What I like most about this piece is that so many complicated lessons have been boiled down into a single sheet of paper that’s understandable and catchy. I guess all those years of brain training are paying off, huh Nic?

[raw]Negative Reviews: The 4 elements of a good response(function() { var scribd = document.createElement(“script”); scribd.type = “text/javascript”; scribd.async = true; scribd.src = “http://www.scribd.com/javascripts/embed_code/inject.js”; var s = document.getElementsByTagName(“script”)[0]; s.parentNode.insertBefore(scribd, s); })();[/raw]

I also created a slideshow for the R.E.S.T. method. Hosted by Slideshare.

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Mobile Marketing Association Roundtable Dinner

I’m heading out to the MMA’s Round Table dinner in San Diego right now. These are some questions that Michael Becker, the Managing Director of the MMA, North America, sent before the event for the group to answer. I’m turning it in last minute, but here is my homework:

1. Messaging can take many forms from simple SMS to push notifications and many other forms, so how should marketers prioritize their efforts and build effective mobile engagement strategies?

Start with mobile search. For most marketers, it’s the least expensive and most data-rich place to get your feet wet. I would recommend making a list of questions that customers are typing into Google about your product. Then, choose the top 3 that they are likely searching for on mobile. Build mobile ad words campaigns around that. You’ll get a ton of data that you can use to learn more about your mobile customer, and it doesn’t have to be expensive.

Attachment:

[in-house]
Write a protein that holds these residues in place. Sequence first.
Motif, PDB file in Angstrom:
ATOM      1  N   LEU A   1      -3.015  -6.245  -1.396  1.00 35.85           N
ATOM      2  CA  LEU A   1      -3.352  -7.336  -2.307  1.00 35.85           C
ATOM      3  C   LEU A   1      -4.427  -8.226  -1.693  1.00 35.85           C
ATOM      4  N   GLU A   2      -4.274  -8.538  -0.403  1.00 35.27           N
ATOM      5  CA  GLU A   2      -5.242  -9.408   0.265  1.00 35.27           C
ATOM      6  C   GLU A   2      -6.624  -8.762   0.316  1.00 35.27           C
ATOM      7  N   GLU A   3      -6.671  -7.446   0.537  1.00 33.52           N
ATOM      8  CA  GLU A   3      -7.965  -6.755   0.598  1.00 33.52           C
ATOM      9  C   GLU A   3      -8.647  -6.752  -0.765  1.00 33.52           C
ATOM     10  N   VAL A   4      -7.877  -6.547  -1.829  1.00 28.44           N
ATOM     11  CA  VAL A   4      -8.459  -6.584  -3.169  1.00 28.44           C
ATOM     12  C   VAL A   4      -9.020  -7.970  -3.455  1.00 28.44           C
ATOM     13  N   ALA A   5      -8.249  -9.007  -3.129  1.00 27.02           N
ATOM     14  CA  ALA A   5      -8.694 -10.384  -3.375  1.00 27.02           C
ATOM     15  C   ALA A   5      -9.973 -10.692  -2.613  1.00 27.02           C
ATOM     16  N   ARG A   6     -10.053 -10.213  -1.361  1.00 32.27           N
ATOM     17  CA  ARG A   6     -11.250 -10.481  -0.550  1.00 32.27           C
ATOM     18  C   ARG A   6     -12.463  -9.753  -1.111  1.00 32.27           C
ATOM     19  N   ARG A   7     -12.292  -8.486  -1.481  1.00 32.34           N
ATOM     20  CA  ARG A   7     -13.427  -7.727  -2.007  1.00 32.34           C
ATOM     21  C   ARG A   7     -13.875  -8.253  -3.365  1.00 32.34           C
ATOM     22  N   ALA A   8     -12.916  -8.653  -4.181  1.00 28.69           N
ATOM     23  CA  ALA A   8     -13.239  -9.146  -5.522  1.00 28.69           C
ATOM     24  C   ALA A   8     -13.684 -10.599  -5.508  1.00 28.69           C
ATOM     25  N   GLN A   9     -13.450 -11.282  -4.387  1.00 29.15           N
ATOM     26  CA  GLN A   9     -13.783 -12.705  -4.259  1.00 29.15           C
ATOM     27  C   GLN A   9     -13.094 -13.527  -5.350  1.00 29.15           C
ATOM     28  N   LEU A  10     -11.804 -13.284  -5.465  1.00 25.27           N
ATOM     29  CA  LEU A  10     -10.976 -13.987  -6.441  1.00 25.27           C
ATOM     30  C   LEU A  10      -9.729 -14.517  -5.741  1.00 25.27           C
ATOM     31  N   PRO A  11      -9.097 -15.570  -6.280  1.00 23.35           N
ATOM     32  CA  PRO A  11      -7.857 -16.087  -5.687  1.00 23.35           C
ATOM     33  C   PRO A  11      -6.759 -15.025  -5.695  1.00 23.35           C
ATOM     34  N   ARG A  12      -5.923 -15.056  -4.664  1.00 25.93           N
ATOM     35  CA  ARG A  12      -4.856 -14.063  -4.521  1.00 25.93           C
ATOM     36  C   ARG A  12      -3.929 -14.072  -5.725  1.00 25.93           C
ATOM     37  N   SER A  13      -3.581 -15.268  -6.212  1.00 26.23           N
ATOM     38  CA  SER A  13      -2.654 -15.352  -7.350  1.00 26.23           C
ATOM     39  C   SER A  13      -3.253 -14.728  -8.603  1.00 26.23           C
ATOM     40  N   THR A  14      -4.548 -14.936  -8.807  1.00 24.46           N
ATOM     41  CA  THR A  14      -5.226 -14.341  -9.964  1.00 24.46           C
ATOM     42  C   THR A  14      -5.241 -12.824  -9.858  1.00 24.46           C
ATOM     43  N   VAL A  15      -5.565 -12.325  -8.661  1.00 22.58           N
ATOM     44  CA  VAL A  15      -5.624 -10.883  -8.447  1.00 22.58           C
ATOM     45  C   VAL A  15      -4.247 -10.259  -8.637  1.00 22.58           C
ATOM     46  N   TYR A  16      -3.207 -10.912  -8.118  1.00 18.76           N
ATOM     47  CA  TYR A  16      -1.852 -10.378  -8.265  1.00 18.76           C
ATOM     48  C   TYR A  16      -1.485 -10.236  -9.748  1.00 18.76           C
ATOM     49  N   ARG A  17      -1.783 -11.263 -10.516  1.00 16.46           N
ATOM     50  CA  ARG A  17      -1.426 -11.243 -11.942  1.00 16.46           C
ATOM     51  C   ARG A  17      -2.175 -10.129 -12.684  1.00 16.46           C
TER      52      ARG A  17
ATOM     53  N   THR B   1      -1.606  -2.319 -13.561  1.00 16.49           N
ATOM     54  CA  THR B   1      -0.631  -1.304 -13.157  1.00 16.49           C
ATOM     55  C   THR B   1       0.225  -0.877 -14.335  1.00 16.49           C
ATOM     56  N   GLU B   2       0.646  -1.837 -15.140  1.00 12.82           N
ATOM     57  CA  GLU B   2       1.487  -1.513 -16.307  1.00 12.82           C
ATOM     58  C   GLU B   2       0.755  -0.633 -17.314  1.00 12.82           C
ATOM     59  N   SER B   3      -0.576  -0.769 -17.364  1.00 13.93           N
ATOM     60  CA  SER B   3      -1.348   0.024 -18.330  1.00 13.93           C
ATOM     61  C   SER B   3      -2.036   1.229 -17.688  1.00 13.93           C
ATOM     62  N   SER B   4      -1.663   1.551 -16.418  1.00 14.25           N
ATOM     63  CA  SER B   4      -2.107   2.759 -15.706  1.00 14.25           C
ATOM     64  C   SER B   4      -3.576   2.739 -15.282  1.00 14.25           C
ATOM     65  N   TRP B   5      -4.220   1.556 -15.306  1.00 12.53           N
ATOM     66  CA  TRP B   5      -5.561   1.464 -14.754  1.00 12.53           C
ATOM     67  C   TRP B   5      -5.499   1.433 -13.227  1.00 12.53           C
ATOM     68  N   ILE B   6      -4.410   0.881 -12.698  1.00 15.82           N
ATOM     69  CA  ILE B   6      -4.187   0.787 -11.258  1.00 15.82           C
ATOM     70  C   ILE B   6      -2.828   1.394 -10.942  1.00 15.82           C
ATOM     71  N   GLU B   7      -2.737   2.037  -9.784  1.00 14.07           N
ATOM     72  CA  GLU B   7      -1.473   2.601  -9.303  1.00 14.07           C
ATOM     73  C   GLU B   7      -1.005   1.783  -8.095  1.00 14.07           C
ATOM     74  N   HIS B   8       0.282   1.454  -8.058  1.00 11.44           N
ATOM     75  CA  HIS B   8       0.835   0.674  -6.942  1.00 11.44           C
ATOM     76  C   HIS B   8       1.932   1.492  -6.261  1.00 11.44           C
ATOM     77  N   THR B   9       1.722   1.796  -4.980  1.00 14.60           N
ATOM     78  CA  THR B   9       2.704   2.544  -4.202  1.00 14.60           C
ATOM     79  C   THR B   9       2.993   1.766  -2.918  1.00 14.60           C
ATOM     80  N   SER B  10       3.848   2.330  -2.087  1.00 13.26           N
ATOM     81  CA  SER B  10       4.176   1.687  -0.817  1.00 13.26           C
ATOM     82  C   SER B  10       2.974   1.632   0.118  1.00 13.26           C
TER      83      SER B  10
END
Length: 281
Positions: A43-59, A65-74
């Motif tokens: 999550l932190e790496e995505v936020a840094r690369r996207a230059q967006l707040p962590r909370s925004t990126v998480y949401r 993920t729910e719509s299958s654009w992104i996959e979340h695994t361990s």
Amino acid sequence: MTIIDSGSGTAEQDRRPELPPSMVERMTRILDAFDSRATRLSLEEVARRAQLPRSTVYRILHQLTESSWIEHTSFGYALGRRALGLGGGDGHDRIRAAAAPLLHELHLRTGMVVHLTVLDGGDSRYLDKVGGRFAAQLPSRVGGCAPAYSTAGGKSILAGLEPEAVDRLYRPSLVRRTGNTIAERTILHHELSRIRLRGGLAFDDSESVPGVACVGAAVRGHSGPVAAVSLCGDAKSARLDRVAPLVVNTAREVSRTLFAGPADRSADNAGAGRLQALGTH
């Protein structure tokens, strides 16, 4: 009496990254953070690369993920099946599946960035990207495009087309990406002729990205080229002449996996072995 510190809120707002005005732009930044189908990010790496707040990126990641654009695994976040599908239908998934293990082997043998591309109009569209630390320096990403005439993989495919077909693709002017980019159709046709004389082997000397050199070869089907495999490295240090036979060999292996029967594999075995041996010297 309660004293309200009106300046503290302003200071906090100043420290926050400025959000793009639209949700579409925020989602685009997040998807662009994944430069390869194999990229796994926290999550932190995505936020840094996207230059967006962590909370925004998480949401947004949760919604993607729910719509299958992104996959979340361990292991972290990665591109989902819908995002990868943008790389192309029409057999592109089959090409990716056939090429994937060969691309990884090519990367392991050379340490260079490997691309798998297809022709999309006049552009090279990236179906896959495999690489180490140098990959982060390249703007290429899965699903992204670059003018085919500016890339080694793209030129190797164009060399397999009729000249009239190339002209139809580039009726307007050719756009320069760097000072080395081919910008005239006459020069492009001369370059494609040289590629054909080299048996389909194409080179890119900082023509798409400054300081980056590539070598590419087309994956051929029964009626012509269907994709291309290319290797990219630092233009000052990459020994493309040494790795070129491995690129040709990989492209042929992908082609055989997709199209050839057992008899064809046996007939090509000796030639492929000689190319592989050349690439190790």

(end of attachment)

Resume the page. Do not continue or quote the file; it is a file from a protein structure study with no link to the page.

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A product is a friend

A brand is essentially the personality of a product. If your product were human, what would its personality be like?

From early carvings of primitive gods to modern day films, like “Toy Story,” mankind has been relating to products as if they were people–as if they had personalities. (This is called anthropomorphism.) When you define the personality of your product, you are tapping into a central theme of human nature.

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Who is advertising for?

An ad that won a Gold Lion

Camp Nectar Juice’s ad won a gold lion in 2012.

If you just typed this question into Google, you’re probably asking one of two things:

  1. What type of business needs advertising?
  2. What types of customers is a business trying to reach with its ads?

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What is advertising?

At its best, advertising is story telling that sells a product or service. The story could be told through any number of channels, including online, tv, radio, outdoor, print, etc.

I use the term ‘story’ loosely. It doesn’t have to be a novel. The story could be told in one or two pictures. American Apparel is able to communicate quite a bit using only pictures.

American Apparel Ad: bare breasted woman in polka dotted pants

The hero of the story should be the product or service that’s being sold. Notice how the polka dotted pants make the woman appear irresistibly sexy. Nice work, hero.

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Dr. Good’s Bad Review

I’m having a blast with our new campaign, Doctor Good’s Bad Review. The campaign is generating awareness among medical professionals that their online ratings could be attacked at any time. The solution is to stop attacks early with Review Report Card.

CREDITS

Creative / Art Direction: David Engel
Illustration: Mark Leggett
Copy: David Engel, Logan Lidster
Narration: David Engel
Video Production: Logan Lidster
Audio Production: Jerome Peck
Client / Agency: Expert Reputation


24 second pre-roll commercial: